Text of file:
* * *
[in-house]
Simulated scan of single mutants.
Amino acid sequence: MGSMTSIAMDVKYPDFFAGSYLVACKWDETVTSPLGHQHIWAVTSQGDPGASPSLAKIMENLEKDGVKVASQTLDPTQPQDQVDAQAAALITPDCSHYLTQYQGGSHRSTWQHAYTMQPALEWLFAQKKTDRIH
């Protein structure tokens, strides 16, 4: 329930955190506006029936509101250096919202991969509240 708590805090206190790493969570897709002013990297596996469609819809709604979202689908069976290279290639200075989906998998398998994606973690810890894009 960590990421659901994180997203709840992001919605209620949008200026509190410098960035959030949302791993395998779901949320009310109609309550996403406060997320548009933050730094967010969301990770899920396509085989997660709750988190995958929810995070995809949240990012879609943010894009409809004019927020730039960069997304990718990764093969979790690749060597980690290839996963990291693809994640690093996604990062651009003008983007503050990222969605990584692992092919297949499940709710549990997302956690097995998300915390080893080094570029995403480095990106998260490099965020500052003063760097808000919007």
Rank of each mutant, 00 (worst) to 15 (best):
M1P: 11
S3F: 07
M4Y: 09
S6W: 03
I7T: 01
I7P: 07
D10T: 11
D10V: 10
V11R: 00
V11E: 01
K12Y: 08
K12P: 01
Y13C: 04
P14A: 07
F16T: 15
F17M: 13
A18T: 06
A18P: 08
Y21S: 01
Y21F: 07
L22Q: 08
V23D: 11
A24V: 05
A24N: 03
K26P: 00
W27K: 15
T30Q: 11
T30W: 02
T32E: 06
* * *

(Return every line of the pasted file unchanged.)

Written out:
[in-house]
Simulated scan of single mutants.
Amino acid sequence: MGSMTSIAMDVKYPDFFAGSYLVACKWDETVTSPLGHQHIWAVTSQGDPGASPSLAKIMENLEKDGVKVASQTLDPTQPQDQVDAQAAALITPDCSHYLTQYQGGSHRSTWQHAYTMQPALEWLFAQKKTDRIH
């Protein structure tokens, strides 16, 4: 329930955190506006029936509101250096919202991969509240 708590805090206190790493969570897709002013990297596996469609819809709604979202689908069976290279290639200075989906998998398998994606973690810890894009 960590990421659901994180997203709840992001919605209620949008200026509190410098960035959030949302791993395998779901949320009310109609309550996403406060997320548009933050730094967010969301990770899920396509085989997660709750988190995958929810995070995809949240990012879609943010894009409809004019927020730039960069997304990718990764093969979790690749060597980690290839996963990291693809994640690093996604990062651009003008983007503050990222969605990584692992092919297949499940709710549990997302956690097995998300915390080893080094570029995403480095990106998260490099965020500052003063760097808000919007």
Rank of each mutant, 00 (worst) to 15 (best):
M1P: 11
S3F: 07
M4Y: 09
S6W: 03
I7T: 01
I7P: 07
D10T: 11
D10V: 10
V11R: 00
V11E: 01
K12Y: 08
K12P: 01
Y13C: 04
P14A: 07
F16T: 15
F17M: 13
A18T: 06
A18P: 08
Y21S: 01
Y21F: 07
L22Q: 08
V23D: 11
A24V: 05
A24N: 03
K26P: 00
W27K: 15
T30Q: 11
T30W: 02
T32E: 06